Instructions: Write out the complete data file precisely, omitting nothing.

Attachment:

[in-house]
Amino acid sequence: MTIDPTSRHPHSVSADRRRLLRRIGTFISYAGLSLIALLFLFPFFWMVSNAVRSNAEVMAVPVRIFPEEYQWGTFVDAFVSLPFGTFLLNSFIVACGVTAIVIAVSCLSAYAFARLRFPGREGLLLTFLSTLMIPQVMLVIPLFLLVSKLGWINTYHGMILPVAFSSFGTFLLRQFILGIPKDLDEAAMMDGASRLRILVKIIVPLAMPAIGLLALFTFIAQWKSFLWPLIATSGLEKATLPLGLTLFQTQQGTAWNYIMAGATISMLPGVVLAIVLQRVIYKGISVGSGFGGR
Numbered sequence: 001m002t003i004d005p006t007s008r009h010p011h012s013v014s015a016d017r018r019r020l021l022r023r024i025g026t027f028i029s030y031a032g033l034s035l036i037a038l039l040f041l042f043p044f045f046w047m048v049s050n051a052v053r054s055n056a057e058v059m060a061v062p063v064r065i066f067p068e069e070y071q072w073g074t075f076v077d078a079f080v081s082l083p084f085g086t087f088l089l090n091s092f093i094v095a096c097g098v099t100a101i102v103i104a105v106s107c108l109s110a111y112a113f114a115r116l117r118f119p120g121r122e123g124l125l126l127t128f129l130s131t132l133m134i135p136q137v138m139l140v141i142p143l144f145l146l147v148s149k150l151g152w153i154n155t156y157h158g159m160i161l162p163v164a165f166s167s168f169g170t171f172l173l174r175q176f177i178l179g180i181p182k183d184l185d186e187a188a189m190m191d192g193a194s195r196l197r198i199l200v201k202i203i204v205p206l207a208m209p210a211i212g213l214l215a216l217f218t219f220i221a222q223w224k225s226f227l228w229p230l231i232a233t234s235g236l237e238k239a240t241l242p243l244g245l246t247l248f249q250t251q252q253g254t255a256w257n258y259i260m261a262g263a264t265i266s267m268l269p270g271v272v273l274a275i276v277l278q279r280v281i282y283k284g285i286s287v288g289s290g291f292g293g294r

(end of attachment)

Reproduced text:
[in-house]
Amino acid sequence: MTIDPTSRHPHSVSADRRRLLRRIGTFISYAGLSLIALLFLFPFFWMVSNAVRSNAEVMAVPVRIFPEEYQWGTFVDAFVSLPFGTFLLNSFIVACGVTAIVIAVSCLSAYAFARLRFPGREGLLLTFLSTLMIPQVMLVIPLFLLVSKLGWINTYHGMILPVAFSSFGTFLLRQFILGIPKDLDEAAMMDGASRLRILVKIIVPLAMPAIGLLALFTFIAQWKSFLWPLIATSGLEKATLPLGLTLFQTQQGTAWNYIMAGATISMLPGVVLAIVLQRVIYKGISVGSGFGGR
Numbered sequence: 001m002t003i004d005p006t007s008r009h010p011h012s013v014s015a016d017r018r019r020l021l022r023r024i025g026t027f028i029s030y031a032g033l034s035l036i037a038l039l040f041l042f043p044f045f046w047m048v049s050n051a052v053r054s055n056a057e058v059m060a061v062p063v064r065i066f067p068e069e070y071q072w073g074t075f076v077d078a079f080v081s082l083p084f085g086t087f088l089l090n091s092f093i094v095a096c097g098v099t100a101i102v103i104a105v106s107c108l109s110a111y112a113f114a115r116l117r118f119p120g121r122e123g124l125l126l127t128f129l130s131t132l133m134i135p136q137v138m139l140v141i142p143l144f145l146l147v148s149k150l151g152w153i154n155t156y157h158g159m160i161l162p163v164a165f166s167s168f169g170t171f172l173l174r175q176f177i178l179g180i181p182k183d184l185d186e187a188a189m190m191d192g193a194s195r196l197r198i199l200v201k202i203i204v205p206l207a208m209p210a211i212g213l214l215a216l217f218t219f220i221a222q223w224k225s226f227l228w229p230l231i232a233t234s235g236l237e238k239a240t241l242p243l244g245l246t247l248f249q250t251q252q253g254t255a256w257n258y259i260m261a262g263a264t265i266s267m268l269p270g271v272v273l274a275i276v277l278q279r280v281i282y283k284g285i286s287v288g289s290g291f292g293g294r